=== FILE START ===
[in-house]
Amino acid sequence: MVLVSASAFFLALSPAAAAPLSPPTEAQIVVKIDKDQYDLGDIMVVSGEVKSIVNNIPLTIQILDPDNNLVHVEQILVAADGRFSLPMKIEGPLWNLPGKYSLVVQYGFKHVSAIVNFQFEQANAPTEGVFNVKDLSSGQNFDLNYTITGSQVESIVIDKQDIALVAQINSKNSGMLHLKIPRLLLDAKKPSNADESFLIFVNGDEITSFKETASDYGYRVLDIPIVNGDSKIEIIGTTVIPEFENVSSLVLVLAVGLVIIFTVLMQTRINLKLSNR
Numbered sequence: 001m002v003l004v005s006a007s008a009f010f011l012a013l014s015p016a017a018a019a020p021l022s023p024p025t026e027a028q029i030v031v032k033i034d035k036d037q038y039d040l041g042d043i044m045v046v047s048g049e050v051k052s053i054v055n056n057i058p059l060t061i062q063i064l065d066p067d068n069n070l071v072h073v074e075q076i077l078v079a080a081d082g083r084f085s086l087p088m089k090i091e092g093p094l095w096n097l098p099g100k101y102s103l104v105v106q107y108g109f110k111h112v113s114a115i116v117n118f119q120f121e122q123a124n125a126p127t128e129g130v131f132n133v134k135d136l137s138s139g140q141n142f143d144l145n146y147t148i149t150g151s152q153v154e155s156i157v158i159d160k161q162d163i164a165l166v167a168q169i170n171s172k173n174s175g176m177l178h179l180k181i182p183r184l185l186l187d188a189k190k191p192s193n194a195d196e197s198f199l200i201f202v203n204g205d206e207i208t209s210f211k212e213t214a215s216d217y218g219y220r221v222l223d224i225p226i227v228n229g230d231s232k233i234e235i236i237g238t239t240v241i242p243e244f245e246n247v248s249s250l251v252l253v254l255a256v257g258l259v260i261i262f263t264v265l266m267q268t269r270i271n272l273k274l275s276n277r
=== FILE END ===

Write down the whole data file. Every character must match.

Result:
[in-house]
Amino acid sequence: MVLVSASAFFLALSPAAAAPLSPPTEAQIVVKIDKDQYDLGDIMVVSGEVKSIVNNIPLTIQILDPDNNLVHVEQILVAADGRFSLPMKIEGPLWNLPGKYSLVVQYGFKHVSAIVNFQFEQANAPTEGVFNVKDLSSGQNFDLNYTITGSQVESIVIDKQDIALVAQINSKNSGMLHLKIPRLLLDAKKPSNADESFLIFVNGDEITSFKETASDYGYRVLDIPIVNGDSKIEIIGTTVIPEFENVSSLVLVLAVGLVIIFTVLMQTRINLKLSNR
Numbered sequence: 001m002v003l004v005s006a007s008a009f010f011l012a013l014s015p016a017a018a019a020p021l022s023p024p025t026e027a028q029i030v031v032k033i034d035k036d037q038y039d040l041g042d043i044m045v046v047s048g049e050v051k052s053i054v055n056n057i058p059l060t061i062q063i064l065d066p067d068n069n070l071v072h073v074e075q076i077l078v079a080a081d082g083r084f085s086l087p088m089k090i091e092g093p094l095w096n097l098p099g100k101y102s103l104v105v106q107y108g109f110k111h112v113s114a115i116v117n118f119q120f121e122q123a124n125a126p127t128e129g130v131f132n133v134k135d136l137s138s139g140q141n142f143d144l145n146y147t148i149t150g151s152q153v154e155s156i157v158i159d160k161q162d163i164a165l166v167a168q169i170n171s172k173n174s175g176m177l178h179l180k181i182p183r184l185l186l187d188a189k190k191p192s193n194a195d196e197s198f199l200i201f202v203n204g205d206e207i208t209s210f211k212e213t214a215s216d217y218g219y220r221v222l223d224i225p226i227v228n229g230d231s232k233i234e235i236i237g238t239t240v241i242p243e244f245e246n247v248s249s250l251v252l253v254l255a256v257g258l259v260i261i262f263t264v265l266m267q268t269r270i271n272l273k274l275s276n277r